Welcome to Letters From Quotidia, episode 127 – a podcast by Quentin Bega for lovers of music, poetry, and the Crack- that most Irish of nouns which may encompass, news, gossip, fun, entertainment, and enjoyable conversation. Quotidia is that space, that place, where ordinary people lead ordinary lives. But where, from time to time, they encounter the extraordinary.
In 1968, I was still infatuated by the psychedelic ethos and dressed accordingly. I am forever grateful that no images survive of me in my day-glo garb- no phone cameras or social media then, thank God- because I would, no doubt, have been an avid adopter of these technologies. What will also date me is the fact that I can remember when Status Quo burst onto the scene with their psychedelic pop hit, Pictures of Matchstick Men which broke into the top ten in January of 1968. The group are still going- although Francis Rossi is the only continuous member from the sixties- and if you want an earful of what they are up to now you should buy tickets for, say, the Retro C Trop Festival in France on Saturday 25th June 2022.
Me, I’m still in lockdown and coming to believe that Sydney is trapped in a time vortex where it’s groundhog day forever. Anyway, were I, somehow, to escape the vortex I would, in preference, head for Salford, Lancashire where I would visit the Lowry Art Gallery which houses the largest selection of paintings by the rather interesting character, L S Lowry, cited by Wikipedia as holding the record for refusing to accept British honours, including a knighthood, for a total of five knock backs! His instantly recognisable style was the inspiration for the Quo’s first big hit, written by Francis Rossi as he was hiding in the toilet from his wife and mother-in-law.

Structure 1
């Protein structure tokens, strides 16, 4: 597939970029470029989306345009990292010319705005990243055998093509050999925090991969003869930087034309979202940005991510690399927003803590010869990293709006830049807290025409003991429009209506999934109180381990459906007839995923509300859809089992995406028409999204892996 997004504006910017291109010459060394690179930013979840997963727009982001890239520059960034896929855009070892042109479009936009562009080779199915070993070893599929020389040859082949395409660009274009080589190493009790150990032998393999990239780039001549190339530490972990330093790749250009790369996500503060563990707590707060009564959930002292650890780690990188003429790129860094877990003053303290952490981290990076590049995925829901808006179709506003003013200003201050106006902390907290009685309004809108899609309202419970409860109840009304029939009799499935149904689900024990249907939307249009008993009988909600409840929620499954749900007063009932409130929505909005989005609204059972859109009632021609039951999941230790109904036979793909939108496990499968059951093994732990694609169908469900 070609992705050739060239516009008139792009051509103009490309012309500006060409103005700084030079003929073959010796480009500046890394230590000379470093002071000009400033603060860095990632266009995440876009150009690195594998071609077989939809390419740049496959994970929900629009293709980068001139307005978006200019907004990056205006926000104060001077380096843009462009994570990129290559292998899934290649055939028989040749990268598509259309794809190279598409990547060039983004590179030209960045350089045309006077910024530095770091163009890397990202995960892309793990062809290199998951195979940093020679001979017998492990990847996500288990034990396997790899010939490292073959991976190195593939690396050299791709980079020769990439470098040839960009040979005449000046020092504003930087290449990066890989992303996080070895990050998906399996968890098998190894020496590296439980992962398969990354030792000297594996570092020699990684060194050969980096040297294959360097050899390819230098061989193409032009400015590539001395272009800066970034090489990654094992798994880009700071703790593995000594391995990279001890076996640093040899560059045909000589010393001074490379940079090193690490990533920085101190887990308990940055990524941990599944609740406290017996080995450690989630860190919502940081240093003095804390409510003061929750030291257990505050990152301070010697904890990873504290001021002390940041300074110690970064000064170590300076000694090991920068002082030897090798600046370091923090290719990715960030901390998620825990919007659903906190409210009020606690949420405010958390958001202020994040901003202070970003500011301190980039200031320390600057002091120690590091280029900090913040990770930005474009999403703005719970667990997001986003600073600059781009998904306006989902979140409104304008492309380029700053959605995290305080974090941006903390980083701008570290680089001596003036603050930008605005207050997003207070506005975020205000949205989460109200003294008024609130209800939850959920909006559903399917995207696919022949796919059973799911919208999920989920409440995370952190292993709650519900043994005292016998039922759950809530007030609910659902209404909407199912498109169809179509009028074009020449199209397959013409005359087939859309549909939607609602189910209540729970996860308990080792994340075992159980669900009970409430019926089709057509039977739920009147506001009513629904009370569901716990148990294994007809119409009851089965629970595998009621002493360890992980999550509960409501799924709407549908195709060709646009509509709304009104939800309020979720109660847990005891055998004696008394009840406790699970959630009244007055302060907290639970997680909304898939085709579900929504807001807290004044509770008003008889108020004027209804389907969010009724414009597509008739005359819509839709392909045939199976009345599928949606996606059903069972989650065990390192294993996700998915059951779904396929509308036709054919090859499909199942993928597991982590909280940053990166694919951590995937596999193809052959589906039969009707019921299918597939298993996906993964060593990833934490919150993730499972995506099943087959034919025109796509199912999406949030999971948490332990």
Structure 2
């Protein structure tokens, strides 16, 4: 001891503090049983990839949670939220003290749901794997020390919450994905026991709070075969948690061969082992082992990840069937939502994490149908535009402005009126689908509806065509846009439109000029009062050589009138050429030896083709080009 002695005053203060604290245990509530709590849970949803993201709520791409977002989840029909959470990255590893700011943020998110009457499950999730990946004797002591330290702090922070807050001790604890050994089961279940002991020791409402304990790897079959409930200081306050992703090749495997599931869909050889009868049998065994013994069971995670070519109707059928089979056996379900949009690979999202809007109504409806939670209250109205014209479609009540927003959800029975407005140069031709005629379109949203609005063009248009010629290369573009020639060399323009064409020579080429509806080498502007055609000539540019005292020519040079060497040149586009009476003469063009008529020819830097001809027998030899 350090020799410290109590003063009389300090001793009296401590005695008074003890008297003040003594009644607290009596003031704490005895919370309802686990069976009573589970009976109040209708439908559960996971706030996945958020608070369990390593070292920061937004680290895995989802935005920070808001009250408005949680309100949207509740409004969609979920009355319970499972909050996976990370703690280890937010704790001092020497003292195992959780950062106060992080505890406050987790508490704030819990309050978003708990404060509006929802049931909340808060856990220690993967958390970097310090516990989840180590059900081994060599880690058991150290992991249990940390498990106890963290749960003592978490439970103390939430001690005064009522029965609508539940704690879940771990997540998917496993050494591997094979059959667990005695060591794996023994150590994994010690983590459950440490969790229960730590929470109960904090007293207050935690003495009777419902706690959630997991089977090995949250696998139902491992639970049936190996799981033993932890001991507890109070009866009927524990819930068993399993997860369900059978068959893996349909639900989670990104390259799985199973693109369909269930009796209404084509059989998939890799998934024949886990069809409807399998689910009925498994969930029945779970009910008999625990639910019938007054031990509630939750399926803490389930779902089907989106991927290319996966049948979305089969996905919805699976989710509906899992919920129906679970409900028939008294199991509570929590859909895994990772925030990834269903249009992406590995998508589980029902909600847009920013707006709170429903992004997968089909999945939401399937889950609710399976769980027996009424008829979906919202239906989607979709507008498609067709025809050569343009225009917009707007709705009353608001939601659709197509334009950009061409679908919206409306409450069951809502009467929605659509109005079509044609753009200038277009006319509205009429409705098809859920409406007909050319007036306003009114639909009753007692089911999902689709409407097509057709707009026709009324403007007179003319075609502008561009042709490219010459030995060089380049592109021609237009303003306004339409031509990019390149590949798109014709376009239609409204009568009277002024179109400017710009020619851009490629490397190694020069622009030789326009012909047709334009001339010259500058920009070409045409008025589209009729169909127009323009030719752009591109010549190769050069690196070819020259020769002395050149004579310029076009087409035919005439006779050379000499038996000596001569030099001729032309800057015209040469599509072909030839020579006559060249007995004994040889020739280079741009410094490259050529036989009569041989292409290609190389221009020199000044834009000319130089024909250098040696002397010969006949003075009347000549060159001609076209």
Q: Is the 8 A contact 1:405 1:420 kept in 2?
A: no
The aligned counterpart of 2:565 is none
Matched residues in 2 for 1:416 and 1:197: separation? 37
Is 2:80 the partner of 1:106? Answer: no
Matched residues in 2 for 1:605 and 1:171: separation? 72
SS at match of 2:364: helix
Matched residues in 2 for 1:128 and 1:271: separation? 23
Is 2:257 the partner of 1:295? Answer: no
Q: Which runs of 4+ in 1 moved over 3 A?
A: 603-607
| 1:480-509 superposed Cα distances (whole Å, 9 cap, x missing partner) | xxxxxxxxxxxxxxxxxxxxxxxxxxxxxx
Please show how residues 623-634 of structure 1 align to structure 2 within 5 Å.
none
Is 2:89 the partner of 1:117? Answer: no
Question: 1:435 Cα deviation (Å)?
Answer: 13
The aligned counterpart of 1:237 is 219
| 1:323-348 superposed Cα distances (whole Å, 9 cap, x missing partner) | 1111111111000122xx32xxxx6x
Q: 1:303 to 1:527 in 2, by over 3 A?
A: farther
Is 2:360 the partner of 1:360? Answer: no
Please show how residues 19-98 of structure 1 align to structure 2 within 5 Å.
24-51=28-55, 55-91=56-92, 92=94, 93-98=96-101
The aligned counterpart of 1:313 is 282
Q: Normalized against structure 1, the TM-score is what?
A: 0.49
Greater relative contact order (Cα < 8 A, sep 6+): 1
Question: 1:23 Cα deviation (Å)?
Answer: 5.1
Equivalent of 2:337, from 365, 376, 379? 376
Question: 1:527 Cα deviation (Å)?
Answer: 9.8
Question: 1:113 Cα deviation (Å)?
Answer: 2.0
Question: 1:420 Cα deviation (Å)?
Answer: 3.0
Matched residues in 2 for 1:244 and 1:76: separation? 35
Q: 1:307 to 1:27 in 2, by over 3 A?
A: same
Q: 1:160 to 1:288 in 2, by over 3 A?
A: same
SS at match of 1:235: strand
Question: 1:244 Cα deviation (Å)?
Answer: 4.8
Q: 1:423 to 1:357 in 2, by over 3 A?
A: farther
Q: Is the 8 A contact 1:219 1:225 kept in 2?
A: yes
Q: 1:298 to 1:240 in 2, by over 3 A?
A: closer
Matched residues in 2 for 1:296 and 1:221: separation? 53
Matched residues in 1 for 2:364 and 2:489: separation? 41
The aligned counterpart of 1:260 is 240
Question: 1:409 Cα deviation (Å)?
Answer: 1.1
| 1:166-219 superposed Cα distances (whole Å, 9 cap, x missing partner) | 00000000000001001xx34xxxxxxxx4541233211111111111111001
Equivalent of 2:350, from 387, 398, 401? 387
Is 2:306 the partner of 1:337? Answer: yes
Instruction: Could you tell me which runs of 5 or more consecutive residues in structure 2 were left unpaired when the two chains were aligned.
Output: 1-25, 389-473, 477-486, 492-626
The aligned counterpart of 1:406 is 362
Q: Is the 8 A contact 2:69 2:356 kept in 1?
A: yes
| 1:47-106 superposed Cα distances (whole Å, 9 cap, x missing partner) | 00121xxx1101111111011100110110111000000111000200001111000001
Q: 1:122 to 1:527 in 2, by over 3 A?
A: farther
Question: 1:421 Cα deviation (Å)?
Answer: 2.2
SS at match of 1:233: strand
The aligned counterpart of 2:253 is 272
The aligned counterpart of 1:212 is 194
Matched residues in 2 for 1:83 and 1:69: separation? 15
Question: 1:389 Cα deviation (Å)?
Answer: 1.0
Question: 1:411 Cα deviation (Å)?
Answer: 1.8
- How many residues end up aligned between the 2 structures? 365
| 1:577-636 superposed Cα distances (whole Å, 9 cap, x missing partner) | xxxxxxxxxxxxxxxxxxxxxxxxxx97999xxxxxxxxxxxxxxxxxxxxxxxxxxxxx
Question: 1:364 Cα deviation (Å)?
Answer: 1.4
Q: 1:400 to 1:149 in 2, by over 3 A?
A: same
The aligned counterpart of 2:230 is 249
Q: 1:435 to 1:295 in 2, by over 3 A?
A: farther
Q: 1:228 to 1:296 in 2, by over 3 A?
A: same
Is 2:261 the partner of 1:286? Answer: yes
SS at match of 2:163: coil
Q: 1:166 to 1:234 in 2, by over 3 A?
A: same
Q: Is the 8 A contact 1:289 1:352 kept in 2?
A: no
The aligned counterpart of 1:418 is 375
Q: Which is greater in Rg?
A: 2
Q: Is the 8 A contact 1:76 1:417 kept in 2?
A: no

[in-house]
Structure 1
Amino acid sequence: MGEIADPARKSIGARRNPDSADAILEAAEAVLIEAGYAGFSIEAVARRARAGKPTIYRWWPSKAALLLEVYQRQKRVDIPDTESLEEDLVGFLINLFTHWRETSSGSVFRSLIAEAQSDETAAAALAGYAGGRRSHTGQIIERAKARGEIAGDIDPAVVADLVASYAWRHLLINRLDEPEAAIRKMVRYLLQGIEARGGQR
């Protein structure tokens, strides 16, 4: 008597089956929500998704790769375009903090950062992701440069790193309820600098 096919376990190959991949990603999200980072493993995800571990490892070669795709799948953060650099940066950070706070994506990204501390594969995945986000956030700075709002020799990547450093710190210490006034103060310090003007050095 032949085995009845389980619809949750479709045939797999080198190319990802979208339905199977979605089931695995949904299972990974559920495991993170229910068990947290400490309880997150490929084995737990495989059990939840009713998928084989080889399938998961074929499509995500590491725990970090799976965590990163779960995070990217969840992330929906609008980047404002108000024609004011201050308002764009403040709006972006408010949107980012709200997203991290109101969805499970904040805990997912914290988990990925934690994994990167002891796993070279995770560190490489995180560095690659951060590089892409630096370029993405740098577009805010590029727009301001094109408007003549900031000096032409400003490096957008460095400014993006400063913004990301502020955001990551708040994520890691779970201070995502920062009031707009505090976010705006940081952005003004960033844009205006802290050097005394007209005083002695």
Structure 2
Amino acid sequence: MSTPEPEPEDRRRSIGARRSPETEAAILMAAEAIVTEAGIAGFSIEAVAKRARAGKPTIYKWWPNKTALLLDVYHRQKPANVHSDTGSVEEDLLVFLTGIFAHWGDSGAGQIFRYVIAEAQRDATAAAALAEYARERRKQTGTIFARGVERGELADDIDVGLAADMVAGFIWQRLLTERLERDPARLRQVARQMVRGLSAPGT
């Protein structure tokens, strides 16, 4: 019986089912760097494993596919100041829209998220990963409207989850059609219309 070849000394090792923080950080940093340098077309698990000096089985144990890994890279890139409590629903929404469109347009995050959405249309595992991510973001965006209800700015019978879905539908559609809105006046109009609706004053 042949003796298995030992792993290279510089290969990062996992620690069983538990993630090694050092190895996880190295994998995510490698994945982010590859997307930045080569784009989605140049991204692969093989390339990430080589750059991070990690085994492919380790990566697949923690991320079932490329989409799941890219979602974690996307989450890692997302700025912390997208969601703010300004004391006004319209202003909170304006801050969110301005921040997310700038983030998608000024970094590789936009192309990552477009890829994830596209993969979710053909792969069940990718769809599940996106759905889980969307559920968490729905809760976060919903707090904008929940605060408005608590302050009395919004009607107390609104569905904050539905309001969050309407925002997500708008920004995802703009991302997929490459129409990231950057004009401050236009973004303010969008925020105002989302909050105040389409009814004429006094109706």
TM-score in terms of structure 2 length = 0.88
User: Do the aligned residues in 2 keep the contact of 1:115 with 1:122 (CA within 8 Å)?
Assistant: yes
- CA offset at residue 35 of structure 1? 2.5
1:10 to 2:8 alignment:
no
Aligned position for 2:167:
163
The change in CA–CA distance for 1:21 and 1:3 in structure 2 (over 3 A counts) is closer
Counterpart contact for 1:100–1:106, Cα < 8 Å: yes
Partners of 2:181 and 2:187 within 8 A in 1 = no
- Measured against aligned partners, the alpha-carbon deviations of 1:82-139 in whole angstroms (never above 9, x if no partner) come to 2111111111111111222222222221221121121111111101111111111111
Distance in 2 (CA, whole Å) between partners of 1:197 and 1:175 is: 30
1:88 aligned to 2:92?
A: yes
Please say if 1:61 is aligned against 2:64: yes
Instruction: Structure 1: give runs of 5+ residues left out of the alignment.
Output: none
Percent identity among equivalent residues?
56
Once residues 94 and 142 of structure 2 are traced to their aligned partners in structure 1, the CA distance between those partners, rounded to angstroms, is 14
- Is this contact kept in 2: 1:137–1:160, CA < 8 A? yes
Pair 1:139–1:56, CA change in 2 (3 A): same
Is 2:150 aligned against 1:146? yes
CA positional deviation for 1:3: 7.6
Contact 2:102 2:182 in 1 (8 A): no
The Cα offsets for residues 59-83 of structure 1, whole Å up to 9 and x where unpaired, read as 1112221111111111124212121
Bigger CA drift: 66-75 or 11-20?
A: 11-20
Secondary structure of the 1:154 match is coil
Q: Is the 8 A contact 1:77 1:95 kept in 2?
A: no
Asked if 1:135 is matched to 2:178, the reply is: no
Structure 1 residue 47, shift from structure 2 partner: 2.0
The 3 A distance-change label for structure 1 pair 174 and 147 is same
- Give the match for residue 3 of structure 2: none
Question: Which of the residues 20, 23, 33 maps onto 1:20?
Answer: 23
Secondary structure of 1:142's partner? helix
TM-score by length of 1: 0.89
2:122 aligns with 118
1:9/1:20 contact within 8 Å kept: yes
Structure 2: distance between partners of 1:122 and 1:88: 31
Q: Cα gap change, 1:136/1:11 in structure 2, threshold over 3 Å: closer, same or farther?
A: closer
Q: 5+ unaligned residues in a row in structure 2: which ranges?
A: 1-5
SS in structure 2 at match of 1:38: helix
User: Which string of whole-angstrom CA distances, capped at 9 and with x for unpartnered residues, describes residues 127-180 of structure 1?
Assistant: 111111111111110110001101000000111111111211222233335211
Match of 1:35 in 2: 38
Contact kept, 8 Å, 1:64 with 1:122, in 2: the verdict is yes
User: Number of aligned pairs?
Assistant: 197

But it’s not Pictures of Matchstick Men where my interest lies but rather, a one-hit wonder by the duo, Brian and Michael, which cracked the UK charts reaching number 18 in 1978, 10 years after the Quo song and two years after the death of L S Lowry. As I was still in Australia at the time, I didn’t get to know the song, Matchstalk Men and Matchstalk Cats and Dogs, until about five years ago when I heard it sung by Finbar, off the Fureys album, The Times They Are a Changing, released in 2015. I love their version as I do the original.
The song has an uplifting vibe that many comments attached to the YouTube recording will attest. I only wish that I could write a one-hit wonder such as this. The term, one-hit wonder, is often used pejoratively, mainly by those who haven’t the wherewithal to attempt such a feat. But people like me will give thanks that the gods who rule the music charts have seen fit to reward such great songs as this with the accolade.[insert song]
Towards the end of the American Civil War, a Canadian school teacher named George Washington Johnston walked to the edge of the Niagara escarpment in 1864 and wrote a poem comprising the lyrics of the next song. He had fallen in love with a student of his, Margaret Clark, and they married on 21st October 1864. Their time together was all too brief, as Margaret fell ill and died a little over six months later in 1865. George survived his wife by fifty-two years and died in 1917.